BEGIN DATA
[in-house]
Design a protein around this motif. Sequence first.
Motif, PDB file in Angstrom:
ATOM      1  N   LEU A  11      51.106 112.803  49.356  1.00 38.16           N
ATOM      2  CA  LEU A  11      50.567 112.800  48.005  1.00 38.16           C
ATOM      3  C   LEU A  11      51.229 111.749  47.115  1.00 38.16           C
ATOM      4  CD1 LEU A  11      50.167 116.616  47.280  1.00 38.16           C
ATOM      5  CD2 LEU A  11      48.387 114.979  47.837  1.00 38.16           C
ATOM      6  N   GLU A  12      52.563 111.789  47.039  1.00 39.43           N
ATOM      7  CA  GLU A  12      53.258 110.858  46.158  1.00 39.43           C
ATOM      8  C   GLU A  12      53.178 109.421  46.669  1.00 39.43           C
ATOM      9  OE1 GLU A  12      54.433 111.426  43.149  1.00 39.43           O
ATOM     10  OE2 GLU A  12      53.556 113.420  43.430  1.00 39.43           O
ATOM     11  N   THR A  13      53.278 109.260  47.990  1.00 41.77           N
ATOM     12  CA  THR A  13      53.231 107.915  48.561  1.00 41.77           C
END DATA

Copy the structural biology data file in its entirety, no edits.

[in-house]
Design a protein around this motif. Sequence first.
Motif, PDB file in Angstrom:
ATOM      1  N   LEU A  11      51.106 112.803  49.356  1.00 38.16           N
ATOM      2  CA  LEU A  11      50.567 112.800  48.005  1.00 38.16           C
ATOM      3  C   LEU A  11      51.229 111.749  47.115  1.00 38.16           C
ATOM      4  CD1 LEU A  11      50.167 116.616  47.280  1.00 38.16           C
ATOM      5  CD2 LEU A  11      48.387 114.979  47.837  1.00 38.16           C
ATOM      6  N   GLU A  12      52.563 111.789  47.039  1.00 39.43           N
ATOM      7  CA  GLU A  12      53.258 110.858  46.158  1.00 39.43           C
ATOM      8  C   GLU A  12      53.178 109.421  46.669  1.00 39.43           C
ATOM      9  OE1 GLU A  12      54.433 111.426  43.149  1.00 39.43           O
ATOM     10  OE2 GLU A  12      53.556 113.420  43.430  1.00 39.43           O
ATOM     11  N   THR A  13      53.278 109.260  47.990  1.00 41.77           N
ATOM     12  CA  THR A  13      53.231 107.915  48.561  1.00 41.77           C